Each year as the holiday season approaches, parents often ask me the same questions regarding the busy nature of the season and how it can affect their child's sleep. Below I share some of my favorite tips for keeping your little ones happy and well rested during this time of year.
Adjusting to a New Sleep Environment
How do I help my baby adjust to a new crib and room? My 10 month-old won't settle in a new place very well.
This is a common struggle with traveling and sleep and to be honest, a child may never sleep as well as he or she does when at home. Adults tend to be the same--I know I never sleep as well when I'm away from home. But there are a few things you can do to help make an unfamiliar environment more familiar, which will help your little one settle in more easily. First, bring your bedtime routine on the road. Practice the same ritual before naps and bedtime; your child will be comforted by the familiarity and know that sleep is coming next. If you use positive sleep props like a white noise machine or lovey at home make sure you pack it. Having that familiar sound or comfort item will help provide a secure and safe feeling. And lastly, watch for overtiredness. An overtired baby has greater difficulty falling and staying asleep. Make sure your agenda isn't too packed with fun as it could lead to a cranky baby and restless nights. Keep things simple with baby in tow.
Any tips for getting a 2.5 year-old to nap in someone else's bed/crib while visiting for the holidays?
First and foremost, it's important to make sure the new environment is safe. If the child is in a bed and can get out easily, put a little nightlight on in the hallway and be sure to keep the room clear of any dangers. Also, bring her pillowcase and sheets from home for a feel and smell that she knows. And remember, stick to what works at home. I often hear from past clients who have returned from a trip with a whole new set of bedtime habits as a souvenir! It's important that while away you stick to what your child is used to as much as possible. So, if you don't lie with her in bed to help her fall asleep at home don't do it when you're away. The fewer new habits you pick up the better.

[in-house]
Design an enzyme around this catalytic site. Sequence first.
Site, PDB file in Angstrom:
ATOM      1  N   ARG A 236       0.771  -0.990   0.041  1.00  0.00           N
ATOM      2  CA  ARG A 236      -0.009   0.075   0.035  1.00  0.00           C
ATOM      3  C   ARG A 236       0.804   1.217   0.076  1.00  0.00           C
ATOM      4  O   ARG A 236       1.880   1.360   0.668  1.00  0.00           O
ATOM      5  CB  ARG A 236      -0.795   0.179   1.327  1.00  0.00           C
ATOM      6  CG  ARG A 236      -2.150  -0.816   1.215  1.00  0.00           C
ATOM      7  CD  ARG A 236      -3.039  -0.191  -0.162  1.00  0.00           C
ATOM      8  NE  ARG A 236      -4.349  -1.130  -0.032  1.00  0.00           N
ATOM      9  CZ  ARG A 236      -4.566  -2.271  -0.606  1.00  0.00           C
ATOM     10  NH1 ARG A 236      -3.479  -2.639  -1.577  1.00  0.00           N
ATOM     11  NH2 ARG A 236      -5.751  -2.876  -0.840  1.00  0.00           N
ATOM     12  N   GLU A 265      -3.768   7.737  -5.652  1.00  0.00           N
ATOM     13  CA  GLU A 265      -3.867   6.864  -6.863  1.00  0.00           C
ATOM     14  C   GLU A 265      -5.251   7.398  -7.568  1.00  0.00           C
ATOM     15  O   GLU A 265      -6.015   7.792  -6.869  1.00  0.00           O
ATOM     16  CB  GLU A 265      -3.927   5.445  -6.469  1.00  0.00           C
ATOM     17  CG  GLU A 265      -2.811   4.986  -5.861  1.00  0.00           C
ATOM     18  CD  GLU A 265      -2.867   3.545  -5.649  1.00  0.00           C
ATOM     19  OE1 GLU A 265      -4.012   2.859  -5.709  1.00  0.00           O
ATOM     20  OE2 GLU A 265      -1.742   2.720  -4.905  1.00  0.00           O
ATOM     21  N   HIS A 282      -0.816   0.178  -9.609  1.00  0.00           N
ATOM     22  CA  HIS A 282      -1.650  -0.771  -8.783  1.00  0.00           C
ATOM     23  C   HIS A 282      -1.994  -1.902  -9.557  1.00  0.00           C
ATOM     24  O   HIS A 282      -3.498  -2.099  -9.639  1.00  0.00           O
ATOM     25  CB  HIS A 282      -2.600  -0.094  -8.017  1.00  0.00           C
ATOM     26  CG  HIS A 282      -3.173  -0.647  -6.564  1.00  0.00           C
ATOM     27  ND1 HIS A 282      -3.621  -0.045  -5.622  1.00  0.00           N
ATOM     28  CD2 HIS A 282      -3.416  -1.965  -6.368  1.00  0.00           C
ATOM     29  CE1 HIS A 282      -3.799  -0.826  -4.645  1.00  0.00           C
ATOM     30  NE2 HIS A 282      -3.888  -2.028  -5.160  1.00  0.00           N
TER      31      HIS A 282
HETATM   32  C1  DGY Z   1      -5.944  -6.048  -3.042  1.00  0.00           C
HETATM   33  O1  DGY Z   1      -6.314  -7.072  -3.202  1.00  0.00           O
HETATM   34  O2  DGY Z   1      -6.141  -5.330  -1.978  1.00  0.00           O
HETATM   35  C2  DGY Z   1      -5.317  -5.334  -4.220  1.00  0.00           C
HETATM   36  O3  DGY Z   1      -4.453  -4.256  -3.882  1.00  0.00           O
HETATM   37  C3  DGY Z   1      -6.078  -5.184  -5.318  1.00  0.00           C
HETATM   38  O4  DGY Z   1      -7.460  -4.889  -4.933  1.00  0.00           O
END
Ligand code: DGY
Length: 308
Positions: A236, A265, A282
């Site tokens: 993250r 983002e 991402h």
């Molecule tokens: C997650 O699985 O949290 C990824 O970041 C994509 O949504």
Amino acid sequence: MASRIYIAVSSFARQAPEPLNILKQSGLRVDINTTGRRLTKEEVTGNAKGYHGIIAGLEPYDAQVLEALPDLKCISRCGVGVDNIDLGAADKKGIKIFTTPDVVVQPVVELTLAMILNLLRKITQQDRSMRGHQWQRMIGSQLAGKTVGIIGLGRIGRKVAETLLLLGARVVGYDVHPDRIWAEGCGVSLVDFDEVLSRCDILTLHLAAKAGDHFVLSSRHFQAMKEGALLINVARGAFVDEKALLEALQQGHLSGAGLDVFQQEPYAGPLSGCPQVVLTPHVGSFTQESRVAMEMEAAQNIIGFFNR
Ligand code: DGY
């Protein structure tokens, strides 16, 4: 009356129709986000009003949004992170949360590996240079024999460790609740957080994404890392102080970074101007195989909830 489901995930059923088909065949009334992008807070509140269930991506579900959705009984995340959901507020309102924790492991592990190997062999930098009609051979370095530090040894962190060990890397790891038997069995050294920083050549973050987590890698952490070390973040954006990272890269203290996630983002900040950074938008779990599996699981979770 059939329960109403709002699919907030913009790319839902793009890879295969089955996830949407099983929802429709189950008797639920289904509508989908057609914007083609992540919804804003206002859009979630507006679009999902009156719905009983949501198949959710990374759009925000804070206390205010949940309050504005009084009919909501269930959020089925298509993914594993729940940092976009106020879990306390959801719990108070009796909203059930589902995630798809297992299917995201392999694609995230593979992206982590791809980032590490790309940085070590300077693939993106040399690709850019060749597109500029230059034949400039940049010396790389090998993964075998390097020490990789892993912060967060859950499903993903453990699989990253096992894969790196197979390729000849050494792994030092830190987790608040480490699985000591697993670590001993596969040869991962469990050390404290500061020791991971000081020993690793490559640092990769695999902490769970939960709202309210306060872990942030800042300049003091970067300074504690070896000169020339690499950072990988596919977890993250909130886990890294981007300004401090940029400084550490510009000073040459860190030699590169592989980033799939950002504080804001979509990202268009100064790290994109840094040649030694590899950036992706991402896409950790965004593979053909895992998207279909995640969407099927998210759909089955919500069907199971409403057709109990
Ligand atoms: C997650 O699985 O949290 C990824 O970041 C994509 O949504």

Protecting Sleep Schedules While Away
Is okay to keep a toddler on his same sleep schedule even if other people are letting their kids stay up?
We always need to respect one another's parenting decisions no matter what time our children go to bed. There is nothing wrong with protecting your little one's sleep. I always say that naptime and bedtime should be the same time wherever you are and that during the holidays you can practice the "80/20 Rule." Eighty percent of the time try to protect your little one's sleep as best you can. But remember, you are also on vacation and life happens. Sometimes it's impossible to stick to your exact routine or there are days where you simply don't want to, and that's okay 20 per cent of the time. Once you get home you can get right back on track to your usual schedule.
When visiting family is it best to keep your baby up late past her bedtime until it's time to go, or is it best to put her to bed at her usual time and then wake her when it's time to leave?
This is where having a well rested, independent sleeper comes in handy. If your child is generally well rested, missing naps or pushing out bedtimes every now and then isn't a big deal. It's when we are already dealing with a sleep-deprived child that situations like these can be a struggle. I always opt for getting the child down at bedtime. Change her into her pajamas, do your consistent routine, and put her to bed. This way you won't deal with a cranky baby who is up way past her bedtime and you can actually enjoy your night a little! Then do the car seat transfer once you get home. No big deal.
Travelling While Staying Well Rested
How do I keep my baby on her sleep schedule knowing that she will sleep in the car? Do I shorten naps or hold off on them during the travel?
It depends how long the drive is. If it's a short drive and she won't get a full nap in the car then try and do the drive between naptimes and be prepared to put her down for her next nap once you arrive at your destination. If it's a longer drive then try and leave 30 minutes or so before the scheduled naptime so that she has time to fall asleep and then hopefully have a decent nap in the car. If you miss a nap completely then this is where you can be flexible with bedtime and make it earlier. Getting the baby down earlier that evening will prevent her overtiredness from creeping in.
I provide free child and family sleep support on my Facebook page. I invite you to join our sleep community as I work towards Good Night Sleep Site's mission of a healthier rested family unit. For more sleep tips please visit Good Night Sleep Site.
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